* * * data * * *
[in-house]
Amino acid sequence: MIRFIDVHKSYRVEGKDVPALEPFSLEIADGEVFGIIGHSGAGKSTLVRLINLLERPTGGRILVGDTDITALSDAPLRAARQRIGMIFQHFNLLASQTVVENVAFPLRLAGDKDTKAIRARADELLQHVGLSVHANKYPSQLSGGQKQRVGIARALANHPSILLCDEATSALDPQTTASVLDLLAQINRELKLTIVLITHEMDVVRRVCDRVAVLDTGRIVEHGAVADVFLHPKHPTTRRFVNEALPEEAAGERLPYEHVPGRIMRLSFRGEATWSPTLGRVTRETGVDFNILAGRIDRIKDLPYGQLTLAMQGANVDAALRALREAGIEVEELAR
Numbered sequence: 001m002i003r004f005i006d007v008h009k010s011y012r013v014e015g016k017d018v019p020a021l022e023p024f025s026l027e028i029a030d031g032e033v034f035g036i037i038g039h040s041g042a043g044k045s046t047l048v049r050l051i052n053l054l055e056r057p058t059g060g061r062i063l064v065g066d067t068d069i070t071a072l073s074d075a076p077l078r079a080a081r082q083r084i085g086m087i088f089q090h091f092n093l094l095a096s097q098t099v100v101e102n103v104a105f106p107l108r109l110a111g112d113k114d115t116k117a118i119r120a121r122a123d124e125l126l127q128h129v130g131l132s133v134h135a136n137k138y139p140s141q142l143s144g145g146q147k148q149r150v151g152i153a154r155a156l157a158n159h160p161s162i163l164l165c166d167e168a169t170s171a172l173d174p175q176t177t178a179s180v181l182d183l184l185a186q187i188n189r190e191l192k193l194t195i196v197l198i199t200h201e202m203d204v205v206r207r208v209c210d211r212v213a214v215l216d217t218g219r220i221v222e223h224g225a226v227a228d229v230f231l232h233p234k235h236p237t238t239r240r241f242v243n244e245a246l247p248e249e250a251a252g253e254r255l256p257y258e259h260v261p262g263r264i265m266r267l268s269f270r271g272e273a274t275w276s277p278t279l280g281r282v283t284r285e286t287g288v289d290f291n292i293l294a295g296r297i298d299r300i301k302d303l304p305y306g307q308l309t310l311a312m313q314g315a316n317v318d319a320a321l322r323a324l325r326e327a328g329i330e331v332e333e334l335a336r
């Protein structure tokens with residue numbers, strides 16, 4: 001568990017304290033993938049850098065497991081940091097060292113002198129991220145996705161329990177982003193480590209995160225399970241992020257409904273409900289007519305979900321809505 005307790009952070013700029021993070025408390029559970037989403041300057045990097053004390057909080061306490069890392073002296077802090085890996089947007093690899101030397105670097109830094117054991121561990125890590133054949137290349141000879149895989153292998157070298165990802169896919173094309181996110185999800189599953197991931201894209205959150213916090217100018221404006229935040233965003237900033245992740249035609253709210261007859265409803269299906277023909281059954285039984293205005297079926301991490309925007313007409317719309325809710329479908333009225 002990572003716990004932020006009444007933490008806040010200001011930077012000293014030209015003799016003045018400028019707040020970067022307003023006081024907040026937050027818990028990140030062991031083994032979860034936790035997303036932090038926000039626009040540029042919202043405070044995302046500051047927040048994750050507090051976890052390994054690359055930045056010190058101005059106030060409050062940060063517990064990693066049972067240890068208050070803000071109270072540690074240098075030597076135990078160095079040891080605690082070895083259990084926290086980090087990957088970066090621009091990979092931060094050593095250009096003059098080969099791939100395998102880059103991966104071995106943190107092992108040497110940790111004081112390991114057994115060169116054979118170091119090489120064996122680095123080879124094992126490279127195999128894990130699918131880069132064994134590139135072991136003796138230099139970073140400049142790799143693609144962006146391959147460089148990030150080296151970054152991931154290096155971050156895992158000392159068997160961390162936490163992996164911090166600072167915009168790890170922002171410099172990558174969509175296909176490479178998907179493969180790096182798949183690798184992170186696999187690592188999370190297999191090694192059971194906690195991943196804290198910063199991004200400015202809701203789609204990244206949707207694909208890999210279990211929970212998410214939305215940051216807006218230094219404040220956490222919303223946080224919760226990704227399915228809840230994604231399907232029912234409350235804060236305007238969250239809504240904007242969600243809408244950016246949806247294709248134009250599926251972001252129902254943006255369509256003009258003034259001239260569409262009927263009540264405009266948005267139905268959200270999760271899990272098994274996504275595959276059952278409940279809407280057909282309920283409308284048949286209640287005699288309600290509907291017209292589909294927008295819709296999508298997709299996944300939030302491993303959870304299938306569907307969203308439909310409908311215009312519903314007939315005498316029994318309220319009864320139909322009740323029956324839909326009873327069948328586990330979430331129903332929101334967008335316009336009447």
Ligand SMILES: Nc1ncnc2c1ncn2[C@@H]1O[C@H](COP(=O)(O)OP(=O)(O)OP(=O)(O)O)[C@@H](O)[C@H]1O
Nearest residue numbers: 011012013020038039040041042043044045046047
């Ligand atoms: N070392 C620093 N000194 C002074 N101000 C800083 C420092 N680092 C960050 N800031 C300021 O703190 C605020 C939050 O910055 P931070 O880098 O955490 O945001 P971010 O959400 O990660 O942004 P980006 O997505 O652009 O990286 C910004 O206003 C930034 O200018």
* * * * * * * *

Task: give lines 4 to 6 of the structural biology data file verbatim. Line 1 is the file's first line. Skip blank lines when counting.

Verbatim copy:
């Protein structure tokens with residue numbers, strides 16, 4: 001568990017304290033993938049850098065497991081940091097060292113002198129991220145996705161329990177982003193480590209995160225399970241992020257409904273409900289007519305979900321809505 005307790009952070013700029021993070025408390029559970037989403041300057045990097053004390057909080061306490069890392073002296077802090085890996089947007093690899101030397105670097109830094117054991121561990125890590133054949137290349141000879149895989153292998157070298165990802169896919173094309181996110185999800189599953197991931201894209205959150213916090217100018221404006229935040233965003237900033245992740249035609253709210261007859265409803269299906277023909281059954285039984293205005297079926301991490309925007313007409317719309325809710329479908333009225 002990572003716990004932020006009444007933490008806040010200001011930077012000293014030209015003799016003045018400028019707040020970067022307003023006081024907040026937050027818990028990140030062991031083994032979860034936790035997303036932090038926000039626009040540029042919202043405070044995302046500051047927040048994750050507090051976890052390994054690359055930045056010190058101005059106030060409050062940060063517990064990693066049972067240890068208050070803000071109270072540690074240098075030597076135990078160095079040891080605690082070895083259990084926290086980090087990957088970066090621009091990979092931060094050593095250009096003059098080969099791939100395998102880059103991966104071995106943190107092992108040497110940790111004081112390991114057994115060169116054979118170091119090489120064996122680095123080879124094992126490279127195999128894990130699918131880069132064994134590139135072991136003796138230099139970073140400049142790799143693609144962006146391959147460089148990030150080296151970054152991931154290096155971050156895992158000392159068997160961390162936490163992996164911090166600072167915009168790890170922002171410099172990558174969509175296909176490479178998907179493969180790096182798949183690798184992170186696999187690592188999370190297999191090694192059971194906690195991943196804290198910063199991004200400015202809701203789609204990244206949707207694909208890999210279990211929970212998410214939305215940051216807006218230094219404040220956490222919303223946080224919760226990704227399915228809840230994604231399907232029912234409350235804060236305007238969250239809504240904007242969600243809408244950016246949806247294709248134009250599926251972001252129902254943006255369509256003009258003034259001239260569409262009927263009540264405009266948005267139905268959200270999760271899990272098994274996504275595959276059952278409940279809407280057909282309920283409308284048949286209640287005699288309600290509907291017209292589909294927008295819709296999508298997709299996944300939030302491993303959870304299938306569907307969203308439909310409908311215009312519903314007939315005498316029994318309220319009864320139909322009740323029956324839909326009873327069948328586990330979430331129903332929101334967008335316009336009447």
Ligand SMILES: Nc1ncnc2c1ncn2[C@@H]1O[C@H](COP(=O)(O)OP(=O)(O)OP(=O)(O)O)[C@@H](O)[C@H]1O
Nearest residue numbers: 011012013020038039040041042043044045046047